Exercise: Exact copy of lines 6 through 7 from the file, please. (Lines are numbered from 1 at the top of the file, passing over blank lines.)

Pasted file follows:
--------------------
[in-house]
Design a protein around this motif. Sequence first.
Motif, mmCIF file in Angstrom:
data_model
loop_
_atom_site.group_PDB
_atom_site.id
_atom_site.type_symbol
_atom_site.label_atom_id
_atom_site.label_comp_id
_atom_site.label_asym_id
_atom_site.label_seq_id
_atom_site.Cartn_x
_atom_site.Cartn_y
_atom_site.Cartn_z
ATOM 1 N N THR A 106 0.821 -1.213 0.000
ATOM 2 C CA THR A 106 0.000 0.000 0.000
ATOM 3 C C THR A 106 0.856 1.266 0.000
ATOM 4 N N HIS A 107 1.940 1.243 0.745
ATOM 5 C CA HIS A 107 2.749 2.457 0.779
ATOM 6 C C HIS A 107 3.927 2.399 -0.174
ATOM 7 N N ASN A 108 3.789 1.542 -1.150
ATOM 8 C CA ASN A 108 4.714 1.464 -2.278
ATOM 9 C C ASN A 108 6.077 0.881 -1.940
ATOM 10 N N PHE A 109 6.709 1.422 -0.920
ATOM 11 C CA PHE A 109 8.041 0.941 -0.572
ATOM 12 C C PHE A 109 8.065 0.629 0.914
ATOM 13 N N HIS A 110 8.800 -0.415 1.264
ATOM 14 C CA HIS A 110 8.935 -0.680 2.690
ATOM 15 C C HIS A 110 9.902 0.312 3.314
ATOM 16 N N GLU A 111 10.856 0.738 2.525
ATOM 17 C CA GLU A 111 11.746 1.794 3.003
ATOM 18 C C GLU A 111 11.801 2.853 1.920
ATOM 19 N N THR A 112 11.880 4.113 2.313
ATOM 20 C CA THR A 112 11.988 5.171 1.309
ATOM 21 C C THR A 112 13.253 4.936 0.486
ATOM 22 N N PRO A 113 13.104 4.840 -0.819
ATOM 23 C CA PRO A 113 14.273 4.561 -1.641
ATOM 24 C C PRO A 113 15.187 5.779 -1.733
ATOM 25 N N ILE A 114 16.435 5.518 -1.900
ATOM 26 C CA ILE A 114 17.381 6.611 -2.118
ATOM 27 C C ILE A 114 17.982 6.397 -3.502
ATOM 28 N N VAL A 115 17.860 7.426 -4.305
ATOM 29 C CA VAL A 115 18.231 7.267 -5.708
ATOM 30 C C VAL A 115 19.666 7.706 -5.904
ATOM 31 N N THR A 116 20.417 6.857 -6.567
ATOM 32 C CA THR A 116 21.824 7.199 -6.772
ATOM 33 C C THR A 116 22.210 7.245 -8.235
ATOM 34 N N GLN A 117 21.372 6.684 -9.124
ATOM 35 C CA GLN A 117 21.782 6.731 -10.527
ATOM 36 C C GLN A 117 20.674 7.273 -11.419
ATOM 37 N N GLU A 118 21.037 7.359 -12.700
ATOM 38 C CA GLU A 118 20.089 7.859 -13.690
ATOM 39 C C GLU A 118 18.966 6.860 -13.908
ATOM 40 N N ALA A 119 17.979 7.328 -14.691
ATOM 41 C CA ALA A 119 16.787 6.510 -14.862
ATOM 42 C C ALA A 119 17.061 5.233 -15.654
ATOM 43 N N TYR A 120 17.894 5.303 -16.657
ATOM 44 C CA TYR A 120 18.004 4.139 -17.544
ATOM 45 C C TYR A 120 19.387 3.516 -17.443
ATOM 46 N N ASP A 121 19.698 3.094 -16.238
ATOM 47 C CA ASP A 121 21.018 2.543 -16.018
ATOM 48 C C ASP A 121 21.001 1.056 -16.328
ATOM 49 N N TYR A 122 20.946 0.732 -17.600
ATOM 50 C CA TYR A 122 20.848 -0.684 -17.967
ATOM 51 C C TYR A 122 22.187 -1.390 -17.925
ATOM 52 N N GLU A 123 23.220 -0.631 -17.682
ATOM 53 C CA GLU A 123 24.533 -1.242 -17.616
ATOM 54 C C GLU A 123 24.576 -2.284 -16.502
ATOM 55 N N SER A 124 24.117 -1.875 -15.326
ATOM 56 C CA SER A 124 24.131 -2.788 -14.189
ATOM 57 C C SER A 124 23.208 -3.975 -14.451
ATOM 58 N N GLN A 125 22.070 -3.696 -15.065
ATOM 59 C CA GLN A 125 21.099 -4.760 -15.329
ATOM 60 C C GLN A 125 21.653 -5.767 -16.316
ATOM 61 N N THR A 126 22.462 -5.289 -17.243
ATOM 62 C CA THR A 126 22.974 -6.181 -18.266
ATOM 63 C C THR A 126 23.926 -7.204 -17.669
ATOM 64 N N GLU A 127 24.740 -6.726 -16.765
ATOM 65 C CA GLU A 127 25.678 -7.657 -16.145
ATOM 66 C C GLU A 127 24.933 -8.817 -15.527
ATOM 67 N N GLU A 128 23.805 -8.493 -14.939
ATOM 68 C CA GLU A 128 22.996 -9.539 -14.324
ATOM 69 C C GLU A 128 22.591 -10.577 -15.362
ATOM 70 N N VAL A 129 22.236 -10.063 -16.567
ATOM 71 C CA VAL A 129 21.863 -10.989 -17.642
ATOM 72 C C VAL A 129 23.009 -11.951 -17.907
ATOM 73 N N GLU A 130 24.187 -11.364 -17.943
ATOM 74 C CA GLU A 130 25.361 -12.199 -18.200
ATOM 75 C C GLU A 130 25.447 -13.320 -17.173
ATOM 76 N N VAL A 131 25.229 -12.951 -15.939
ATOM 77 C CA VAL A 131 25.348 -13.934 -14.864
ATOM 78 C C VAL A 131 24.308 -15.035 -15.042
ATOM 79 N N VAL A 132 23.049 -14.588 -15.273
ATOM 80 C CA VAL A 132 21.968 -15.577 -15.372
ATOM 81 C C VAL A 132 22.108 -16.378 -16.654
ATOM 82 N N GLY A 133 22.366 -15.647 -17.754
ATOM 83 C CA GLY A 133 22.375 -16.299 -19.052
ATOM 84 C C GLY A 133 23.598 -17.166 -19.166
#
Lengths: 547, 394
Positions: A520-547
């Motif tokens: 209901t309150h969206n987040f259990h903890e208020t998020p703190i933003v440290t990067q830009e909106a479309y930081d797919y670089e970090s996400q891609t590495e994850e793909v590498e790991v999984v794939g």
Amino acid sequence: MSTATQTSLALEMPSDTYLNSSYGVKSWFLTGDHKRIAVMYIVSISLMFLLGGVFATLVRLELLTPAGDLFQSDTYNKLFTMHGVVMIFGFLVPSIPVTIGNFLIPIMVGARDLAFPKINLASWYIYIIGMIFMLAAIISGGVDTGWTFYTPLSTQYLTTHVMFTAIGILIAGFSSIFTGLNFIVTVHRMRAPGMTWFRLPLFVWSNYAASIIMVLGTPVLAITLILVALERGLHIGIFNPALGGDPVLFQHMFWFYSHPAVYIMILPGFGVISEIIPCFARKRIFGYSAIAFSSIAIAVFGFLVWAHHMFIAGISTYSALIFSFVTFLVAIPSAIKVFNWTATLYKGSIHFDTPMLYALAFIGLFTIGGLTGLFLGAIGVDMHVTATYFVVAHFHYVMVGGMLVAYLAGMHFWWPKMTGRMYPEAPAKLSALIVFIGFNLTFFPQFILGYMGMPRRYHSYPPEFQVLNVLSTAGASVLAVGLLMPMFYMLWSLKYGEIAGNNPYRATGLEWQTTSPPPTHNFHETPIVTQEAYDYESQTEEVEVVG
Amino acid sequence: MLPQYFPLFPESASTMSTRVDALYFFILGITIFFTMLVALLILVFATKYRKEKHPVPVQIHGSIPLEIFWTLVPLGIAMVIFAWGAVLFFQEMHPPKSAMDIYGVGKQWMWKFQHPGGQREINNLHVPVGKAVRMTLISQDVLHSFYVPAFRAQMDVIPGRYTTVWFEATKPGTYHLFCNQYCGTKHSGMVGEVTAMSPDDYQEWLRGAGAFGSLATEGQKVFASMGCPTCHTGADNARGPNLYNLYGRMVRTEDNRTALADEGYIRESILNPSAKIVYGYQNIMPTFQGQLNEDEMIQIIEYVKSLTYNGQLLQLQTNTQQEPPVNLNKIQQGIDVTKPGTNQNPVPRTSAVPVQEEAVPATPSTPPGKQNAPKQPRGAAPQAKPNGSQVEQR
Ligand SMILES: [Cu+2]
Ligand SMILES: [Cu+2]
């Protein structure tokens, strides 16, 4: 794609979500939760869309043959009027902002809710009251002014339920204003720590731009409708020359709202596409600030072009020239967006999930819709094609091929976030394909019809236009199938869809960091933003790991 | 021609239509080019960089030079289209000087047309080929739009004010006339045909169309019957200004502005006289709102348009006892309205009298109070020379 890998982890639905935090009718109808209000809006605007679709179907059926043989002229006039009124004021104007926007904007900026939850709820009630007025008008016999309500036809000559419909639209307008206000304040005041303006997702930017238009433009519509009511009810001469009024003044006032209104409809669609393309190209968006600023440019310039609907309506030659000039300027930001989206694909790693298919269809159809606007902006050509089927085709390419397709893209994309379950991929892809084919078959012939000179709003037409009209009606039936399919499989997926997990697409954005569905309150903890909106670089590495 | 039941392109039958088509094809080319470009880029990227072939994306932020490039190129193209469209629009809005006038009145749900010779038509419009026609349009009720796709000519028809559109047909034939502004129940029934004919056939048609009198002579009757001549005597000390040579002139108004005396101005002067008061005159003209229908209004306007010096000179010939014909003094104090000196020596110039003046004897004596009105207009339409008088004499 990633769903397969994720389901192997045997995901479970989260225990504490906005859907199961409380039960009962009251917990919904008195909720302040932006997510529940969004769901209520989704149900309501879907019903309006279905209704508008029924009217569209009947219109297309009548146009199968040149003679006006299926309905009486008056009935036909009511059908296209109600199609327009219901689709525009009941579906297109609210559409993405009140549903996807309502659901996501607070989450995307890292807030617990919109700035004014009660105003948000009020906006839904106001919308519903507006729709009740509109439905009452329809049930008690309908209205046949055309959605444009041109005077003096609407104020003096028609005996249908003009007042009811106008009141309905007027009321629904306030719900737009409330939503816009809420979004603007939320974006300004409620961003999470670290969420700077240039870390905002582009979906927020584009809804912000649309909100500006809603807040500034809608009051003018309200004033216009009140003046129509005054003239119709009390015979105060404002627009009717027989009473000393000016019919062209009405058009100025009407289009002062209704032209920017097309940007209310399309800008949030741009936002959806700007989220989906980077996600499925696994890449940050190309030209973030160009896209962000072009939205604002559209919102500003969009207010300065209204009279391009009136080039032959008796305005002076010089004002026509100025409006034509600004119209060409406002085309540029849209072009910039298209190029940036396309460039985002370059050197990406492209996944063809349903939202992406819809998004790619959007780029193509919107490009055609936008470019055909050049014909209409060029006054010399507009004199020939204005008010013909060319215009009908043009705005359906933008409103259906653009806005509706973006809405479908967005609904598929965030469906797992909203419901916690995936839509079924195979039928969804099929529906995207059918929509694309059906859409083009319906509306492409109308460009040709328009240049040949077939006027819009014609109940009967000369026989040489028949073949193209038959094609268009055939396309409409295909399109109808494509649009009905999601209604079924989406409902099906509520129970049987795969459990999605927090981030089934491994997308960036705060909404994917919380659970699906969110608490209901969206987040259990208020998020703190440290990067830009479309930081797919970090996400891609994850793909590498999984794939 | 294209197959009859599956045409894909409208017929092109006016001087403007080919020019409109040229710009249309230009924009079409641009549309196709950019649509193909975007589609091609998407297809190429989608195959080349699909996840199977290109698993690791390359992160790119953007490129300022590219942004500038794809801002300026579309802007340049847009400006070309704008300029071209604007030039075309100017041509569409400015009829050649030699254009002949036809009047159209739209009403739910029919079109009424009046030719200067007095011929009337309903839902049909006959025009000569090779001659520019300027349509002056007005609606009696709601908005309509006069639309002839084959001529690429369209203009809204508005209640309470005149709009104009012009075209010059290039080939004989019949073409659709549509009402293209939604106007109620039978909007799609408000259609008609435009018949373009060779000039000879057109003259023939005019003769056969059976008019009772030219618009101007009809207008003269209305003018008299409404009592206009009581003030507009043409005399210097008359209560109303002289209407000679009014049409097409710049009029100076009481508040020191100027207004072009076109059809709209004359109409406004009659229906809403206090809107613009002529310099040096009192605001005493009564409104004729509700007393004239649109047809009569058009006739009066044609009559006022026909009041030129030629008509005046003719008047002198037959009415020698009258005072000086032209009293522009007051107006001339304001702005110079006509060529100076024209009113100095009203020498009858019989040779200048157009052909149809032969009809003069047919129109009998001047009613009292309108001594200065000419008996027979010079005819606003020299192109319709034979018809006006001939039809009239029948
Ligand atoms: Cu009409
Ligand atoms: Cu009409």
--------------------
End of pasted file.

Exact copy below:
_atom_site.group_PDB
_atom_site.id